Friday Four

Friday, September 23, 2011

1. There's a fun piece about Non-Bavarian German Beer styles over at Slate. It even manages to include one I'd never heard of (or, possibly, had merely forgotten about):

Gose is an obscure style of beer with an unusual set of ingredients, including coriander and salt, which may sound bizarre to some drinkers. Rooted now in the charming, former East German city of Leipzig, the cloudy, unfiltered wheat beer has a 1,000-year history that almost ended in the Cold War. Communist functionaries saw no place for the odd beer in their conformist society, and the style all but disappeared in the aftermath of World War II.

Luckily, there's been a revival in recent years and a small amount of it is bottled and exported. The beer laughs in the face of the Reinheitsgebot, Germany's famed beer-purity law, which allows only water, barley, and hops in beer. The Reinheitsgebot is no longer technically the law of the land, which is good in this case, because Gose's offending ingredients are the very things that make it special.

Gose's sour taste will appeal to fans of Belgium's Gueze style. And the bready, citrusy flavor could draw fans of farmhouse beers. It's not for everyone, but it's a must-try for any serious beer drinker. Its revival is good news for beer lovers; hopefully it sticks around this time. [format edits, link dropped]
I'm one of those strange birds who likes the Belgian style normally spelled Gueuze, so this is high on my beer hunting list.

2. The man behind the recent changes in the Ayn Rand Lexicon has posted about them at Objectivism Online. He has responded to at least one reported glitch and may announce new features there in the future.

3. If you're in the Northeast, you should consider attending the NYOS Conference 2011 (HT: HBL) this November.
Saturday and Sunday attendees will be immersed in an intellectual universe created by some of the best minds in their respective fields. Andrew Bernstein will speak on "Villainy: An Analysis of the Nature of Evil", Harry Binswanger will speak on "Psycho-Epistemology: How the Mind Operates the Subconscious", Yaron Brook will speak on "Ayn Rand's Free Market Revolution: How the Ideas of Atlas Shrugged Can End Big Government", Eric Daniels will speak on "The Virtue of Judicial Engagement", Shoshana Milgram will speak on "Ayn Rand's 'Top Secret': An Inspiring Original Screenplay about the Development of the Atomic Bomb", and Jean Moroney will speak on "How Understanding Your Emotions Helps You Think Logically". [minor edits]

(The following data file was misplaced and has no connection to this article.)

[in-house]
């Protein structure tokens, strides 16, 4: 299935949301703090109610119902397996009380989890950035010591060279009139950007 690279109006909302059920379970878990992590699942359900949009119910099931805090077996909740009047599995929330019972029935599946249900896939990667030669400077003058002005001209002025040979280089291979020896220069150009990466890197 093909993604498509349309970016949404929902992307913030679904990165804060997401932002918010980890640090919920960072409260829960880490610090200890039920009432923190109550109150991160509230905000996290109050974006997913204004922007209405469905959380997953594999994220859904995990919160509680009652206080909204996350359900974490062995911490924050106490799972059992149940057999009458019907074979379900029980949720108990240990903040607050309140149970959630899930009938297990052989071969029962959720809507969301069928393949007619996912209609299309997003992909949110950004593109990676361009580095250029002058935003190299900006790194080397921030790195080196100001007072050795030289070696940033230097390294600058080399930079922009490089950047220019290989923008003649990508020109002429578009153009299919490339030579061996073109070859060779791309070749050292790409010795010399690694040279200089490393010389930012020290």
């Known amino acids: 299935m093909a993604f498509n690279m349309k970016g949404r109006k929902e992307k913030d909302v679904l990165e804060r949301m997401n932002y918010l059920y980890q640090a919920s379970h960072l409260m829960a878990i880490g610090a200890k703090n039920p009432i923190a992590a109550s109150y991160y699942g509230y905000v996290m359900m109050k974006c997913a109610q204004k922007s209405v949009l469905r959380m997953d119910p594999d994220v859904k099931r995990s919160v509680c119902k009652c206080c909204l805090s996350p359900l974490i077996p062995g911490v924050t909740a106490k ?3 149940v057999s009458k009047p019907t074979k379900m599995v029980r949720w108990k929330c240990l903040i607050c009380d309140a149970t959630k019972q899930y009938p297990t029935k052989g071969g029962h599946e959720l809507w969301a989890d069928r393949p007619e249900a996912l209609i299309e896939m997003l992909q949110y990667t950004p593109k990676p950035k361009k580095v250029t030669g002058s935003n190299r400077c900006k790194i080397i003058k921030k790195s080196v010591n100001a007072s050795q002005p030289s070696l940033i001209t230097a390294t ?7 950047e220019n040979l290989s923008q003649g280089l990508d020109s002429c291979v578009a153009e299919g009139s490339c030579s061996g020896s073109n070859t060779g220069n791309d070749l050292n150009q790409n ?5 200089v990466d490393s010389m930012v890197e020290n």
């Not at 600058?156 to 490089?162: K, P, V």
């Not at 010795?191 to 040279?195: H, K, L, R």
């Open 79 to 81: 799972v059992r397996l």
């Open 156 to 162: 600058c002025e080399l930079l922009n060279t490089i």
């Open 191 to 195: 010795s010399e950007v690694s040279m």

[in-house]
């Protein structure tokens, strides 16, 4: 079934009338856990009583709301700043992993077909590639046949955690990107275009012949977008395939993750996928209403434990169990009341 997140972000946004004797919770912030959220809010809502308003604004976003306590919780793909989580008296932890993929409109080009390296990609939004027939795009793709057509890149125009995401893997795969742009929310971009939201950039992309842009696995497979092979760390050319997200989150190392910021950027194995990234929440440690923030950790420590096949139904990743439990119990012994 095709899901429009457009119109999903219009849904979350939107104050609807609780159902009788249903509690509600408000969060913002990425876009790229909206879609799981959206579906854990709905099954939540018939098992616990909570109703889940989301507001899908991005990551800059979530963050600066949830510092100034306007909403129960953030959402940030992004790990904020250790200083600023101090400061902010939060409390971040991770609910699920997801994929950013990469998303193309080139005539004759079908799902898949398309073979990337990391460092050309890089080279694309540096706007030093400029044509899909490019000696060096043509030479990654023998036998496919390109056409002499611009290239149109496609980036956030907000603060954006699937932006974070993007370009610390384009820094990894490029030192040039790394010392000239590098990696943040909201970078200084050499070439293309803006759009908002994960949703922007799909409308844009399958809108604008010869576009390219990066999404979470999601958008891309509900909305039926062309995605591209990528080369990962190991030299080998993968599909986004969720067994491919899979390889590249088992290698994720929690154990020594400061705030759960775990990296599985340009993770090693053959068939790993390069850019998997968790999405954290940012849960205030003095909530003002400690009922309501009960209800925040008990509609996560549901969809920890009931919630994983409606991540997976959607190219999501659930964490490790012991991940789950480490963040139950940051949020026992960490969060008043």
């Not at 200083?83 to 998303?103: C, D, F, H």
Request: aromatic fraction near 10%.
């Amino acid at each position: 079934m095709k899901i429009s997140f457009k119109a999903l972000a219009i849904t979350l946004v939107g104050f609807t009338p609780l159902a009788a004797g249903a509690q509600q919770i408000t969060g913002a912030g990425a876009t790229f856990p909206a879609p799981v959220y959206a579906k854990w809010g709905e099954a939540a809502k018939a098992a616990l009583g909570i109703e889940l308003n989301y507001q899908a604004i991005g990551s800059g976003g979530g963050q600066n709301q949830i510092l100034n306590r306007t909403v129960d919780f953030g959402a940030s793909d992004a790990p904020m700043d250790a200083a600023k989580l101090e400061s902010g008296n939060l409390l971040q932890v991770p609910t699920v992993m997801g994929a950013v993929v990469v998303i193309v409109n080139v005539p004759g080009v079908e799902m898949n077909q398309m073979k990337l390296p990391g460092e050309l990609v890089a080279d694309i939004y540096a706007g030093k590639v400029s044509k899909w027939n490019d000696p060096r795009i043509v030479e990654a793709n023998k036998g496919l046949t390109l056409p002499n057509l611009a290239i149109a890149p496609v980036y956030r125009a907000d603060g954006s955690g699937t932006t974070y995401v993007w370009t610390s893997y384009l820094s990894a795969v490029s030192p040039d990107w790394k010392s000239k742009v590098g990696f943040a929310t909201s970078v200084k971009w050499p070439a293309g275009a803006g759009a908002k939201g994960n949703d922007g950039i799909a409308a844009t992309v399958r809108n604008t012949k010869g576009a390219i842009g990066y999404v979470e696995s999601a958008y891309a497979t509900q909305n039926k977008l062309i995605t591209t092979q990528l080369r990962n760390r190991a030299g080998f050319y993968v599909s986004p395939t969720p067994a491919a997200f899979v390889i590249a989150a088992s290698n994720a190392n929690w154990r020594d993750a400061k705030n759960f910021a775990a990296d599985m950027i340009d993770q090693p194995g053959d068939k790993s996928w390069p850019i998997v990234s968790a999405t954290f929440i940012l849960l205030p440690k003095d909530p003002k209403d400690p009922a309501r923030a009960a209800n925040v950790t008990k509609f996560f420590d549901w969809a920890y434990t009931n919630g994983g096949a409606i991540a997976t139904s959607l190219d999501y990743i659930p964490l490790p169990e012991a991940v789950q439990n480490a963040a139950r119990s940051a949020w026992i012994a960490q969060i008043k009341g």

The $100.00 discount for the weekend conference ends on September 25.

4. The name just about says it all: USBTypewriter. Now, all any technophobic would-be author of the next Great American Novel needs for inspiration is a packet of printer -- excuse me -- typewriter paper he can wad up periodically to really get his creative juices flowing.

-- CAV


mtnrunner2 said...

From Wikipedia on gueuze: "barnyard-like." Yum! Seriously, I'll have to try some.

I had a really bizarre small-batch beer at New Belgium (which is about 2 hours north of me) that was sour and just thought it was a freaky experiment. Maybe it was a gueuze!

I've often wanted to quote certain parts of Lexicon pages. Good deal. Although it took a while for pages to load. I'll check it again later.

Gus Van Horn said...

Yeah. I don't like "barnyard" as a description, but I've seen that before. Sour, as you describe it, is more like it. And coming from town (or is that The New Belgium brewery?) with a name like that, that would make sense.

What really throws lots of people off from other, fruit-flavored lambics, which I also like, is the strangeness of tasting the flavors of fruit without much of a sweet background. Some brewers will add sugar to make up for that, but I prefer that it not be done.

Snedcat said...

Yo, Gus, you write, "Now, all any technophobic would-be author of the next Great American Novel needs for inspiration is a packet of printer -- excuse me -- typewriter paper he can wad up periodically to really get his creative juices flowing."

It's too high-tech. What we need now is a virtual reality stylus that writes on virtual parchment, with a virtual pumice stone in place of a delete key. True high-tech for the true Luddite, as it were.

Gus Van Horn said...

True. After all, the monitor would be Kryptonite to such inspiration as the USB Typewriter could provide.